Balancing individual freedom, privacy and social responsibility

I’ve been long time staying out of the public debate concerning the pandemic, but lately a large group of people are starting to irritate me. Those who stubbornly refuse the vaccine and simultaneously protest the consequences of that choice. When actually 95 % of those being hospitalized in Western countries because of Covid 19 are … Continue reading Balancing individual freedom, privacy and social responsibility

The $12 Million Stuffed Shark

Why would a smart New York investment banker pay $12 million for the decaying, stuffed carcass of a shark? By what alchemy does Jackson Pollock’s drip painting No. 5, 1948 sell for $140 million? Economist Don Thompson explores it in his book, tracing the money, lust, and self-aggrandizement of the art world in an attempt … Continue reading The $12 Million Stuffed Shark

The Ethereal Sombrero of Civilization.

Although I’m reluctant to give much explanation to my art, some people complained that it was sometimes difficult to access my art. Those remarks came from people who’re familiar with my manifest and the remainder of my works. They pointed out: “And what with people who just stumble upon one of your works, didn’t read … Continue reading The Ethereal Sombrero of Civilization.

Literature, Information Technology, and the Internet.

Information technology refers to the ways most literature comes nowadays into existence while the internet refers to its most popular distribution channel. The book industry has come to the realization that they have lost their monopoly of being the sole gate keepers of the literary world, while it can still be a career boost for … Continue reading Literature, Information Technology, and the Internet.

Analogies and differences between my art and that of Gustav Holst (1874 – 1934).

Holst drawn by William Rothenstein, 1920 It was inevitable that, during the research for my own artistical activities, I would stumble upon the works of British composer Gustav Holst. Just as I do, he found inspiration for his work into the planetary system and in the Mahabharata.The Planets, a seven-movement orchestral suite written by Holst … Continue reading Analogies and differences between my art and that of Gustav Holst (1874 – 1934).

Abandoned art vs. unfinished art.

Let me start with the admission that most artistic projects are abandoned by their creators at a certain point. That doesn’t mean they’re unfinished projects: it just indicates that the artist moved on to other pastures of inspiration, style and interest. Everyone who’s artistically active, knows how difficult it is to resist the tsunami of … Continue reading Abandoned art vs. unfinished art.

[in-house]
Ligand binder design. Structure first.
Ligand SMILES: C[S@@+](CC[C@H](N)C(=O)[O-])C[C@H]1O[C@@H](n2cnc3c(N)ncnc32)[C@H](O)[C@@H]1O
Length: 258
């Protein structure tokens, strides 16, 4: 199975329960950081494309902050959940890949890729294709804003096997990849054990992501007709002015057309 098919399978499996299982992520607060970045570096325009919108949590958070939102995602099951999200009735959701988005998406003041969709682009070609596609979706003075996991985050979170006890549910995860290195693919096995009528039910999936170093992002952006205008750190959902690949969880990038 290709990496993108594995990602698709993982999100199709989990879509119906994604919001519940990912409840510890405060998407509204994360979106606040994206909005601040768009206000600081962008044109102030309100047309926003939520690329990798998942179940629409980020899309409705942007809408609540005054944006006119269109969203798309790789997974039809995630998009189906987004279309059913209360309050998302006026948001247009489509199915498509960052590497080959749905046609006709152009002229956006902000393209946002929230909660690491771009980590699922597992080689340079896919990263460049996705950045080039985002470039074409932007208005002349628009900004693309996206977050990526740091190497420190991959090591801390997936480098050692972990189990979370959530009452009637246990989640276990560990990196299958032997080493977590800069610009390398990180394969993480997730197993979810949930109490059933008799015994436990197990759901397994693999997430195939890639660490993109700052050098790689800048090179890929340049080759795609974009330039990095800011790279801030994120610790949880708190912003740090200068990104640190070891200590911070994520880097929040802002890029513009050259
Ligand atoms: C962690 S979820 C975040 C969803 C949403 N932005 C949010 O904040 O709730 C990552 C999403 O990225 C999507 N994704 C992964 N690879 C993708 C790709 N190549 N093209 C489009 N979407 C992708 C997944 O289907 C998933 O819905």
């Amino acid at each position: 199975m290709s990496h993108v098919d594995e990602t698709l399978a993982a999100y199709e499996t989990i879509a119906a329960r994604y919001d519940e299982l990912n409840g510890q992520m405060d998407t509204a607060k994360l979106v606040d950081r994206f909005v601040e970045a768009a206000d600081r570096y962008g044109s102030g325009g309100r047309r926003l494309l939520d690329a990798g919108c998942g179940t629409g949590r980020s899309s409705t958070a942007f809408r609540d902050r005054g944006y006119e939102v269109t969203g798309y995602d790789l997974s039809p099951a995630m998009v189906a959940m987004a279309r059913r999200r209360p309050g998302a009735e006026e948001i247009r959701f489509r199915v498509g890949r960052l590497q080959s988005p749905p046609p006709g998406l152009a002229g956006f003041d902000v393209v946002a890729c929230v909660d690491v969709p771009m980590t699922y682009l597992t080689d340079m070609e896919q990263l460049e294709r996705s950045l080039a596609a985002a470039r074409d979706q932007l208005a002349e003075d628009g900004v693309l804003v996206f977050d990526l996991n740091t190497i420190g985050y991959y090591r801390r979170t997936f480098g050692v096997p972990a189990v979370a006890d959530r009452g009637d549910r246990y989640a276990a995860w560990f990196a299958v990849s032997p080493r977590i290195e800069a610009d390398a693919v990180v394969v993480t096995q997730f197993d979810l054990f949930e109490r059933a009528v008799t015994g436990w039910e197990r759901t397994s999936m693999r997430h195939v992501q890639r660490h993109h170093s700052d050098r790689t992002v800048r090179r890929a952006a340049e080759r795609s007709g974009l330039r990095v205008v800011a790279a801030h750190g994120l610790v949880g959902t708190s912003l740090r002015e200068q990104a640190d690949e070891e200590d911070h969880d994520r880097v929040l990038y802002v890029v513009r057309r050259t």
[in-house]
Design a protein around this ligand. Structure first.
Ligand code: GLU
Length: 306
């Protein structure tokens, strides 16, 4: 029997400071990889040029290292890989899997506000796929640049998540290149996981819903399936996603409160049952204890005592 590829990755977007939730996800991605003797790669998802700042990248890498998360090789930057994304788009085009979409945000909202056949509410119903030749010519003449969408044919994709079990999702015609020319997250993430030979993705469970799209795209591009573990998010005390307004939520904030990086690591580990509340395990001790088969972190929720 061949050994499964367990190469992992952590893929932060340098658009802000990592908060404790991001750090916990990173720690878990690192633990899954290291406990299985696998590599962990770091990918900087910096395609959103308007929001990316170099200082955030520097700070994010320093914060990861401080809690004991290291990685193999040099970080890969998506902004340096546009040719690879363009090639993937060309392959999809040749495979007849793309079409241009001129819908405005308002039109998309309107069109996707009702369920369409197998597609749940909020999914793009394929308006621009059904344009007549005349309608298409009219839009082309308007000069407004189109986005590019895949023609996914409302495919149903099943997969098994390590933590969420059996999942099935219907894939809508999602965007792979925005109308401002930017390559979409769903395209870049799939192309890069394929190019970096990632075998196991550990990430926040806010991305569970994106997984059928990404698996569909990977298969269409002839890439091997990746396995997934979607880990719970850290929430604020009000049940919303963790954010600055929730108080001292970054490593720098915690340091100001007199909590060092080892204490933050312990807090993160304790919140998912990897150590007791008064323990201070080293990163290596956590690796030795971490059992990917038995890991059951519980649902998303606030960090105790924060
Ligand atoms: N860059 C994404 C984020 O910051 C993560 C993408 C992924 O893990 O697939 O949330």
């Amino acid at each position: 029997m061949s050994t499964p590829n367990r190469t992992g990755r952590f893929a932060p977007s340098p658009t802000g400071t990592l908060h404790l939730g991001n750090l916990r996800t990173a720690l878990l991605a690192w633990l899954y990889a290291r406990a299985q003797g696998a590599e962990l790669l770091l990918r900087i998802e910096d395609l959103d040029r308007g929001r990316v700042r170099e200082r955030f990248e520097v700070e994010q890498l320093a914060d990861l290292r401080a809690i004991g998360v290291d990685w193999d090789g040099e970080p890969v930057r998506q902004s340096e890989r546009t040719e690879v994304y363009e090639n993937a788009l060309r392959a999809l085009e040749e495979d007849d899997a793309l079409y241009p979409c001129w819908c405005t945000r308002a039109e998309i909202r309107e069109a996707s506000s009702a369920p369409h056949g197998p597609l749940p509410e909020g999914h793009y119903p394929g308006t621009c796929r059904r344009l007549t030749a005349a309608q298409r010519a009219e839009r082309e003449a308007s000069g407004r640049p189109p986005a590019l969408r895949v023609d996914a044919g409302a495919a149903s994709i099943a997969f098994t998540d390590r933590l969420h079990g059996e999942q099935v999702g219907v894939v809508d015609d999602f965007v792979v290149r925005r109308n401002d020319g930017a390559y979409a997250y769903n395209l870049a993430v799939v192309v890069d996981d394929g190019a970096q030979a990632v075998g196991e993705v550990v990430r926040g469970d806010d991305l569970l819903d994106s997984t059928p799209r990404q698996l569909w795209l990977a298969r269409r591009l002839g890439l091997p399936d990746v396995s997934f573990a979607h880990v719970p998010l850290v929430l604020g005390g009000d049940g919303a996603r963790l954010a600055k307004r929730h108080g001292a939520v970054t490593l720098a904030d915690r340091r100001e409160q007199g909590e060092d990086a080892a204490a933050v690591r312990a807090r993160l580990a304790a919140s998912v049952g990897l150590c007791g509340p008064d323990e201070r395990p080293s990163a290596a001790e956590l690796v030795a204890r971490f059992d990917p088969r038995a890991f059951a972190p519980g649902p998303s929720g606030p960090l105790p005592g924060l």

Is being an artist a passion or an obsession?

The Cambridge dictionary defines the two words as follow: 1. A Passion for something: an extreme interest in or wish for doing something 2. An Obsession: something or someone that you think about all the time. While a passion is “extreme behavior” it lacks the indefinite time connotation. We all have passions but how many … Continue reading Is being an artist a passion or an obsession?

About Analysis and Synthesis.

Since I became aware that lately became a little sloppy in giving regular updates, I decided to recycle on of my older posts where I was pondering about the tension field between artists and scientists. My general take upon this issue is that artists tend to have a synthetic approach towards the reality while scientists … Continue reading About Analysis and Synthesis.

Can you really have a virtual presence without Facebook and Instagram?

Again I had a week where I had to restrain myself not to snap at people on Facebook, posting stuff like: "What about could I write a book?" or the 20 years old college student that wants to write an autobiography that would mainly center around some grievances she perceived during her freshman's year. Or … Continue reading Can you really have a virtual presence without Facebook and Instagram?

A Woman of No Importance: The Untold Story of the American Spy Who Helped Win World War II by Sonia Purnell

My rating: 4 of 5 stars In 1942, the Gestapo sent out an urgent transmission: "She is the most dangerous of all Allied spies. We must find and destroy her." This spy was Virginia Hall, a young American woman--rejected from the foreign service because of her gender and her prosthetic leg--who talked her way into … Continue reading A Woman of No Importance: The Untold Story of the American Spy Who Helped Win World War II by Sonia Purnell